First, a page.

I don't think there's anything "wrong" with the tactics of those people who, with the facilitation of large monied interests, are organizing and shouting down their opponents at town hall meetings. But one thing should be clear: these are the tactics of a small, motivated, enraged and engaged minority. The footage of recent town hall scrums remind me, actually, of ACT-UP actions back in NYC when I was growing up. ACT-UP, the AIDS and gay rights group that flourished in the 1980s and 1990s, was impassioned and angry and used dramatic confrontational action to great public effect. They were a vanguard. They were a small, tightly coordinated impassioned minority. And they were fundamentally on the right side of history.
What frustrates me, however, is that no one in the press confused ACT-UP with broader public opinion. No pundits said "the public is clearly feeling rising unease about government inaction on AIDS, as evidenced by the latest ACT-UP protest." Why? Because they were gay, and they had AIDS and they didn't look like "average citizens" or "heartland" voters.
At their root, the town hall protests are a very similar phenomenon. I think these people, unlike ACT-UP, are wrong. Deeply wrong. (They're also not literally fighting for their lives because of a homophobic and indifferent government, but that's neither here nor there). But they're a small, tightly coordinated, enraged minority. They want to scream and fuss, it's a free country, as they say.
The problem is the overwhelming instinct on the part of pundits and the MSM to look, and see old white men in overalls and Legionnaire hats and think they are watching someone give voice to the sentiments of broad swaths of the electorate. And it's just not true. What we're seeing at these events are the voices of radicals, extremists and zealots.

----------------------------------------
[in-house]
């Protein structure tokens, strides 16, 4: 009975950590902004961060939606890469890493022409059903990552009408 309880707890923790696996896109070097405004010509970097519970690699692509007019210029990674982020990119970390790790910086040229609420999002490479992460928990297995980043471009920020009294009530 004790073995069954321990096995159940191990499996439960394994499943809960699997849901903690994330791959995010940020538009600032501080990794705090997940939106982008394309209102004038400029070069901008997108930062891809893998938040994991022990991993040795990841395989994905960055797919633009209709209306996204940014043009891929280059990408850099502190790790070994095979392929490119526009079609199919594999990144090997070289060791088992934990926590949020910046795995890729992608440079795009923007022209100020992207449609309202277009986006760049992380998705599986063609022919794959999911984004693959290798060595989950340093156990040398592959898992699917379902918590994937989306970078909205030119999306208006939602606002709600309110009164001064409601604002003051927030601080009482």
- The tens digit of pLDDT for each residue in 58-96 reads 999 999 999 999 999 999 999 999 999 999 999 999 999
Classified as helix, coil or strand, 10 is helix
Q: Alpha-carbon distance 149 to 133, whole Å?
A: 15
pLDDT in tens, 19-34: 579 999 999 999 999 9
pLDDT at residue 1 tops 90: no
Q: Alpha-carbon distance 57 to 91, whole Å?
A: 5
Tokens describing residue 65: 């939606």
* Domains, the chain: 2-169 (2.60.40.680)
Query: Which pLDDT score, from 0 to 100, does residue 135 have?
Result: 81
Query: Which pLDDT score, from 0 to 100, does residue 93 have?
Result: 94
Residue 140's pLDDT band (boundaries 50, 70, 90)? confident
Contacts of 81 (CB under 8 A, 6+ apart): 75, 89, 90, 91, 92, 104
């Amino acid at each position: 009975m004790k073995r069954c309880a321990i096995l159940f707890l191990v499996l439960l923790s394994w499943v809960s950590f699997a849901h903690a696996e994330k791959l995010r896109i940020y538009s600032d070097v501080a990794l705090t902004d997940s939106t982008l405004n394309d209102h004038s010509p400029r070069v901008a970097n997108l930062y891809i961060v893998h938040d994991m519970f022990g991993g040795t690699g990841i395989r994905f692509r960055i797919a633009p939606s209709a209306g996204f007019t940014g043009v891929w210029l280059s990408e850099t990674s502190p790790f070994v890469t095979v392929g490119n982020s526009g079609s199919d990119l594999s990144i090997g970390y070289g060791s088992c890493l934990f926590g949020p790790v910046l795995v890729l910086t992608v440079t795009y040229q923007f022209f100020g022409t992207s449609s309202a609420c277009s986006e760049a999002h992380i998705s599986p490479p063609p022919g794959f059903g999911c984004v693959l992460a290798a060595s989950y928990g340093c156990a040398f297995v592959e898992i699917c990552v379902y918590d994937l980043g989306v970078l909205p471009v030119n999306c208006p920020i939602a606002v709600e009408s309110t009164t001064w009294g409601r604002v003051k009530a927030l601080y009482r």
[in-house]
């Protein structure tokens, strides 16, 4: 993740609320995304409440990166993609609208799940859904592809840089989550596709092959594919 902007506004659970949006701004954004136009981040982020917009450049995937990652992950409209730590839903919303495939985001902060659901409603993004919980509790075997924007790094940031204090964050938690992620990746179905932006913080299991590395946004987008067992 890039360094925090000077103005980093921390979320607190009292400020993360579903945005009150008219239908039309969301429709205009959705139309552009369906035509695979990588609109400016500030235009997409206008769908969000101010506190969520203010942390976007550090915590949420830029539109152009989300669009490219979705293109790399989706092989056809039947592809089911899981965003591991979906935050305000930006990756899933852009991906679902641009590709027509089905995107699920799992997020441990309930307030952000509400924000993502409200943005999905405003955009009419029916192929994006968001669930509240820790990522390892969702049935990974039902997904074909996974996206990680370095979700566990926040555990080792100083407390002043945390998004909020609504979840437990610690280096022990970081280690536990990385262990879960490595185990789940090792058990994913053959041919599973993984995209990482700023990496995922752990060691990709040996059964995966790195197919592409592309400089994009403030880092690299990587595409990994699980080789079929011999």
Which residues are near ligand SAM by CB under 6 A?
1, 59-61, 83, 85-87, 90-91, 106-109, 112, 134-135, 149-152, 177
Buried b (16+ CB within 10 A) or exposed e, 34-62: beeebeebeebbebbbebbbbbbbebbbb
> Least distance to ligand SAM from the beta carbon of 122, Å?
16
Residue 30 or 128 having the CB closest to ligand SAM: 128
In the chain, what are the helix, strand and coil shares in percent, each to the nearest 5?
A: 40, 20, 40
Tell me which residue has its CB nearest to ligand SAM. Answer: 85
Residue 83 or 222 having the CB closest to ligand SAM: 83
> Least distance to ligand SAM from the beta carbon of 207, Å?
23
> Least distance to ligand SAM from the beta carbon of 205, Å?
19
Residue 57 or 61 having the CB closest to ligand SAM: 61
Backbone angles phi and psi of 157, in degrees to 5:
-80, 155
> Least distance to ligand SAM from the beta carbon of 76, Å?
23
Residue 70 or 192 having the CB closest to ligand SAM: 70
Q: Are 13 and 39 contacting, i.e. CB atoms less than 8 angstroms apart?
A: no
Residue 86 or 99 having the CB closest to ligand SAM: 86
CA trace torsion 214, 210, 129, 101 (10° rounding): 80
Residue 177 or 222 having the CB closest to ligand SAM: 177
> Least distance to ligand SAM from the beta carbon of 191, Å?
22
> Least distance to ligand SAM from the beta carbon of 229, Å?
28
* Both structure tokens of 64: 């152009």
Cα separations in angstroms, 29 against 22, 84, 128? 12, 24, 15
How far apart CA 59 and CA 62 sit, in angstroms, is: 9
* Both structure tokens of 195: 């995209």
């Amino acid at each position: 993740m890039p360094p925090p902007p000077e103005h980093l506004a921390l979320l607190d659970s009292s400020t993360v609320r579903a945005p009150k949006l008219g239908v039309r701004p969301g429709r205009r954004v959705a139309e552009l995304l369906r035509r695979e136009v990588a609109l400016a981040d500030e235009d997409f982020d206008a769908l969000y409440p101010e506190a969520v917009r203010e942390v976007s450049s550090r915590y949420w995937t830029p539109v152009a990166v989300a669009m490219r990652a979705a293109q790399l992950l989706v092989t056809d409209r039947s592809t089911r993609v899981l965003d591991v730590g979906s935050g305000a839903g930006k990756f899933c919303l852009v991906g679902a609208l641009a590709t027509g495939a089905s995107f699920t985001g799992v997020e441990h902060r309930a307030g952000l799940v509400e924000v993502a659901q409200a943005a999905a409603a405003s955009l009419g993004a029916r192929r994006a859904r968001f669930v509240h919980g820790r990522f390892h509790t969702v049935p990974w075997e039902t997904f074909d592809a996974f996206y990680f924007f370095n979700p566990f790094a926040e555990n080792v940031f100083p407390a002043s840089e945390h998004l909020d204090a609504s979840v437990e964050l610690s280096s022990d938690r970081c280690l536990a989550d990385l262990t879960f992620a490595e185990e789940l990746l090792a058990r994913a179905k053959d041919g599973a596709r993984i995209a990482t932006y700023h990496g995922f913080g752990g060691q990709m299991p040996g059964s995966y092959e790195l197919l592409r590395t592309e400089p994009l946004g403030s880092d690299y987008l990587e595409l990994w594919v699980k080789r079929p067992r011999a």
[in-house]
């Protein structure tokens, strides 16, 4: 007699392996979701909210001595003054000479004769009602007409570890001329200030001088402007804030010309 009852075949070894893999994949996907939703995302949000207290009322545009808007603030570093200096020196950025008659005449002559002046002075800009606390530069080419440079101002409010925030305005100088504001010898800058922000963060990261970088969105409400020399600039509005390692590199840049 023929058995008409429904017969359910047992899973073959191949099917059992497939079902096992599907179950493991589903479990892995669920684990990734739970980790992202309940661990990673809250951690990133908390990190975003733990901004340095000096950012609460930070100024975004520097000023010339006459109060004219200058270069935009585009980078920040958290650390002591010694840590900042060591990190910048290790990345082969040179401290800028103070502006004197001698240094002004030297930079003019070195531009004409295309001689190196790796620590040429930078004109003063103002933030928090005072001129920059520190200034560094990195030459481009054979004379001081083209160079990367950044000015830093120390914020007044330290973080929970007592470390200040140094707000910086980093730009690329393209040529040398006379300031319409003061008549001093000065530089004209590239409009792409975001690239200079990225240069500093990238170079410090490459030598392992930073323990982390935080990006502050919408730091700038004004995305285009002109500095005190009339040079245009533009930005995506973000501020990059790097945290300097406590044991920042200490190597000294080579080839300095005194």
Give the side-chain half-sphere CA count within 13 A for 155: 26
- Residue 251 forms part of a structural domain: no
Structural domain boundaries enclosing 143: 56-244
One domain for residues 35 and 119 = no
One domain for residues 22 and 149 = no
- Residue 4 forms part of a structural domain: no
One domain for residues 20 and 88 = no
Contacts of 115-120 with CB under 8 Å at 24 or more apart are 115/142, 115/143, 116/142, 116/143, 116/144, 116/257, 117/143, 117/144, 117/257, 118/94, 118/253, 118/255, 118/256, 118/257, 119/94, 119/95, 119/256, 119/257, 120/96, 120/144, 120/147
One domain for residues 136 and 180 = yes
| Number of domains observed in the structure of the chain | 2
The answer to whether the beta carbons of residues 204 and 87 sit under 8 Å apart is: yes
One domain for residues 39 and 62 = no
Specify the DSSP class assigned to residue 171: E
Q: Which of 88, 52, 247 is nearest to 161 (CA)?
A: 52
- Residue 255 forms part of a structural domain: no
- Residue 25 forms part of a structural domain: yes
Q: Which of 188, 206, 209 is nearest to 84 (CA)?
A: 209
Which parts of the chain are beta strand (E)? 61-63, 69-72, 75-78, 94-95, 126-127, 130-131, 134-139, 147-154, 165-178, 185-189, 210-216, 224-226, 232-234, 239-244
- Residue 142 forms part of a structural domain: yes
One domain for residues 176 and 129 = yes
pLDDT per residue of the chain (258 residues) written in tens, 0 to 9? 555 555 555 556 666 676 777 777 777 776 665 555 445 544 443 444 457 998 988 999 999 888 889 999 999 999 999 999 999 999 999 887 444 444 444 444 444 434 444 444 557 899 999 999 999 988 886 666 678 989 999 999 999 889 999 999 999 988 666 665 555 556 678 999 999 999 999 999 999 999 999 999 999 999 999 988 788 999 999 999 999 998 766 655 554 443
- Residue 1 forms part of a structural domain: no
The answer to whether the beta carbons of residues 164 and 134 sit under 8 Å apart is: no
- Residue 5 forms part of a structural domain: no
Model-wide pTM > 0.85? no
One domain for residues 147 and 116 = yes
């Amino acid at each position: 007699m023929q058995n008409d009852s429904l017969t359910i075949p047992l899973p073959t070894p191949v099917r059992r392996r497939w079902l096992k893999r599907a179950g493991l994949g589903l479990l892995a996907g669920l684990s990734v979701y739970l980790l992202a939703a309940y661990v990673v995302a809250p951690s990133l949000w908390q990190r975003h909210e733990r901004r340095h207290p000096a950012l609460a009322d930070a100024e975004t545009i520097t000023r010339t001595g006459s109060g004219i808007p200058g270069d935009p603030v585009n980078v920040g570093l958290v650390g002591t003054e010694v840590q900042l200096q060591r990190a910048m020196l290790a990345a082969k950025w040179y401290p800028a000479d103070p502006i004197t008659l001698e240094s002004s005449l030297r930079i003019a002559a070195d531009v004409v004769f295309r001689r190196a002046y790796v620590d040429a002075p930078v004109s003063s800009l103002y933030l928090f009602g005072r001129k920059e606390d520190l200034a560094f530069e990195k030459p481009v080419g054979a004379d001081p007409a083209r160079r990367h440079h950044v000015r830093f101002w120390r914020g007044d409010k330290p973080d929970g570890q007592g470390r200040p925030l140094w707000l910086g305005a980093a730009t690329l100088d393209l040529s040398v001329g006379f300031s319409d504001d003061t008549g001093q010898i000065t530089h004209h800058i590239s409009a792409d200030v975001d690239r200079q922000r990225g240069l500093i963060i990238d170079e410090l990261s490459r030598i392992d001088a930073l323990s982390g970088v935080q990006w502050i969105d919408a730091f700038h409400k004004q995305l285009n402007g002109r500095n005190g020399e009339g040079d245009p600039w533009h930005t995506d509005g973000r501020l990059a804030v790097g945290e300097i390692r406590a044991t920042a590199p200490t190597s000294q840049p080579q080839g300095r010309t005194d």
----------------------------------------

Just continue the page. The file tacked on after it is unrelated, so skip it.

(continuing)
I come from a family of organizers (my dad and my brother), so I'm intimately familiar with just how much work good organizing is. I also have a lot of guilt about the fact I'm not one. As hard as writing can sometimes be, it's orders of magnitudes easier (not to mention confers a lot more recognition and praise) than the unglamorous job of calling through lists, finding suitable meeting places, negotiating personalities, motivating busy and harried volunteers, etc...
For that reason, I'm always reluctant to use my writing platform to urge other people to organize. It feels cheap and easy. But with that disclaimed out of the way, I have to echo what Josh Marshall says here.
If you want health care, then do something about it. We are now in the middle of a fight. Fights are good. Democracy is fundamentally about the non-violent resolution of conflict, and we've got conflict. There is a small but very mobilized constituency of people and interests that want to kill health care reform. They have the advantage of being on the attack, or tearing down and criticizing and expressing their outrage. The job of advocates of reform is trickier, but unless there is a mobilization and concerted organized attempt to push elected representatives in a progressive direction they will succumb to the braying and bullying of tea-baggers. Find out if your congressman is having a town hall, and go. Find others to go with you. Let them know you will punish them if they don't support real reform. Call their offices. Show up at their offices.
The House has already hit the road -- gone until September -- so the Senate has the joint to itself. I asked one Senate staffer what the rationale is behind the House taking off a week earlier?
"What is this thing you call a 'rationale?'" he replied.
The Senate will vote to confirm Sonia Sotomayor -- the only mystery there is how many deadbeat Republican votes she will pick up along the way.
Today there is debate on the $23.7 billion FY10 Agriculture Appropriations bill-- $2.3 billion more than FY09. CongressDaily reports that the bill provides $124 billion when mandatory spending is taken into account, including $61.4 billion for the Supplemental Nutrition Assistance Program (food stamps). That funding is desperately needed. In April nearly 39 million people received food stamps -- more than 1 in 9 Americans.